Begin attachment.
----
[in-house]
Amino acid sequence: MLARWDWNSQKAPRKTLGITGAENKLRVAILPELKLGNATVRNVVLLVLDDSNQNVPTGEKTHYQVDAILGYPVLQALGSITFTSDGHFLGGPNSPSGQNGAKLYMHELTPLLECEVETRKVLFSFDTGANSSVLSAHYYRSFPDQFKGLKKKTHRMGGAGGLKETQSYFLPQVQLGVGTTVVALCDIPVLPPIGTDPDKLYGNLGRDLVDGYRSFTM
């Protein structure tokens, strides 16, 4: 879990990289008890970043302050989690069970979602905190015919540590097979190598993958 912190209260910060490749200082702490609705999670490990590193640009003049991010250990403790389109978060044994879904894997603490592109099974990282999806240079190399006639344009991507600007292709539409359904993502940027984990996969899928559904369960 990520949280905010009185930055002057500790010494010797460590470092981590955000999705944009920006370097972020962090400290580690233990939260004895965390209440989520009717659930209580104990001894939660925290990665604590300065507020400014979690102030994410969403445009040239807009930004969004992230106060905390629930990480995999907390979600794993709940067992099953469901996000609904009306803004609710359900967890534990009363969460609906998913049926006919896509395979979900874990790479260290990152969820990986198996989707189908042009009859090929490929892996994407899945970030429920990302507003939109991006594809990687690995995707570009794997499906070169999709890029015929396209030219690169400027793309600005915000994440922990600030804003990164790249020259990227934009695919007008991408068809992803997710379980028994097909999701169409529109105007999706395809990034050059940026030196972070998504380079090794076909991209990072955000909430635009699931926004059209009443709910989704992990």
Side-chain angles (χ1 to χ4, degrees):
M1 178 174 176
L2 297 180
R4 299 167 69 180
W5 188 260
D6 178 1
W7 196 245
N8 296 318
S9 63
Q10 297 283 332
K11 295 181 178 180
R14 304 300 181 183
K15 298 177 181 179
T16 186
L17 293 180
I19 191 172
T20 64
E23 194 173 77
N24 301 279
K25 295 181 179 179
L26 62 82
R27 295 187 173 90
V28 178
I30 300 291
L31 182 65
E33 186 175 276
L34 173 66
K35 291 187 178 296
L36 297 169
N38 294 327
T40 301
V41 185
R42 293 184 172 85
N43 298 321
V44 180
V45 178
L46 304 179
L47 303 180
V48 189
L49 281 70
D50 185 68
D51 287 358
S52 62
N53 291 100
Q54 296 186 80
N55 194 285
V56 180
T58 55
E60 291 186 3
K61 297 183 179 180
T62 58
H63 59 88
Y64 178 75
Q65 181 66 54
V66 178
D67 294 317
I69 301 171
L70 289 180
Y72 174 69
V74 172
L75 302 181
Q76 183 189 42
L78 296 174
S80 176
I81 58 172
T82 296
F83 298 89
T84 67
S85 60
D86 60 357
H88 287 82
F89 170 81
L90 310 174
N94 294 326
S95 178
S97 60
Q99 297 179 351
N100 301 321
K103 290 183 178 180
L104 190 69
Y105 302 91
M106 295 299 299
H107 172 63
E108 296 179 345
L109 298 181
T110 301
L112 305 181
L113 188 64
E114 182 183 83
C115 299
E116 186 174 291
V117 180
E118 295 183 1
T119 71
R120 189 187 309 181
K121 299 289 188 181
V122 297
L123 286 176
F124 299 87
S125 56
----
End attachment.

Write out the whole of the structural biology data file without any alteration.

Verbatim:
[in-house]
Amino acid sequence: MLARWDWNSQKAPRKTLGITGAENKLRVAILPELKLGNATVRNVVLLVLDDSNQNVPTGEKTHYQVDAILGYPVLQALGSITFTSDGHFLGGPNSPSGQNGAKLYMHELTPLLECEVETRKVLFSFDTGANSSVLSAHYYRSFPDQFKGLKKKTHRMGGAGGLKETQSYFLPQVQLGVGTTVVALCDIPVLPPIGTDPDKLYGNLGRDLVDGYRSFTM
């Protein structure tokens, strides 16, 4: 879990990289008890970043302050989690069970979602905190015919540590097979190598993958 912190209260910060490749200082702490609705999670490990590193640009003049991010250990403790389109978060044994879904894997603490592109099974990282999806240079190399006639344009991507600007292709539409359904993502940027984990996969899928559904369960 990520949280905010009185930055002057500790010494010797460590470092981590955000999705944009920006370097972020962090400290580690233990939260004895965390209440989520009717659930209580104990001894939660925290990665604590300065507020400014979690102030994410969403445009040239807009930004969004992230106060905390629930990480995999907390979600794993709940067992099953469901996000609904009306803004609710359900967890534990009363969460609906998913049926006919896509395979979900874990790479260290990152969820990986198996989707189908042009009859090929490929892996994407899945970030429920990302507003939109991006594809990687690995995707570009794997499906070169999709890029015929396209030219690169400027793309600005915000994440922990600030804003990164790249020259990227934009695919007008991408068809992803997710379980028994097909999701169409529109105007999706395809990034050059940026030196972070998504380079090794076909991209990072955000909430635009699931926004059209009443709910989704992990």
Side-chain angles (χ1 to χ4, degrees):
M1 178 174 176
L2 297 180
R4 299 167 69 180
W5 188 260
D6 178 1
W7 196 245
N8 296 318
S9 63
Q10 297 283 332
K11 295 181 178 180
R14 304 300 181 183
K15 298 177 181 179
T16 186
L17 293 180
I19 191 172
T20 64
E23 194 173 77
N24 301 279
K25 295 181 179 179
L26 62 82
R27 295 187 173 90
V28 178
I30 300 291
L31 182 65
E33 186 175 276
L34 173 66
K35 291 187 178 296
L36 297 169
N38 294 327
T40 301
V41 185
R42 293 184 172 85
N43 298 321
V44 180
V45 178
L46 304 179
L47 303 180
V48 189
L49 281 70
D50 185 68
D51 287 358
S52 62
N53 291 100
Q54 296 186 80
N55 194 285
V56 180
T58 55
E60 291 186 3
K61 297 183 179 180
T62 58
H63 59 88
Y64 178 75
Q65 181 66 54
V66 178
D67 294 317
I69 301 171
L70 289 180
Y72 174 69
V74 172
L75 302 181
Q76 183 189 42
L78 296 174
S80 176
I81 58 172
T82 296
F83 298 89
T84 67
S85 60
D86 60 357
H88 287 82
F89 170 81
L90 310 174
N94 294 326
S95 178
S97 60
Q99 297 179 351
N100 301 321
K103 290 183 178 180
L104 190 69
Y105 302 91
M106 295 299 299
H107 172 63
E108 296 179 345
L109 298 181
T110 301
L112 305 181
L113 188 64
E114 182 183 83
C115 299
E116 186 174 291
V117 180
E118 295 183 1
T119 71
R120 189 187 309 181
K121 299 289 188 181
V122 297
L123 286 176
F124 299 87
S125 56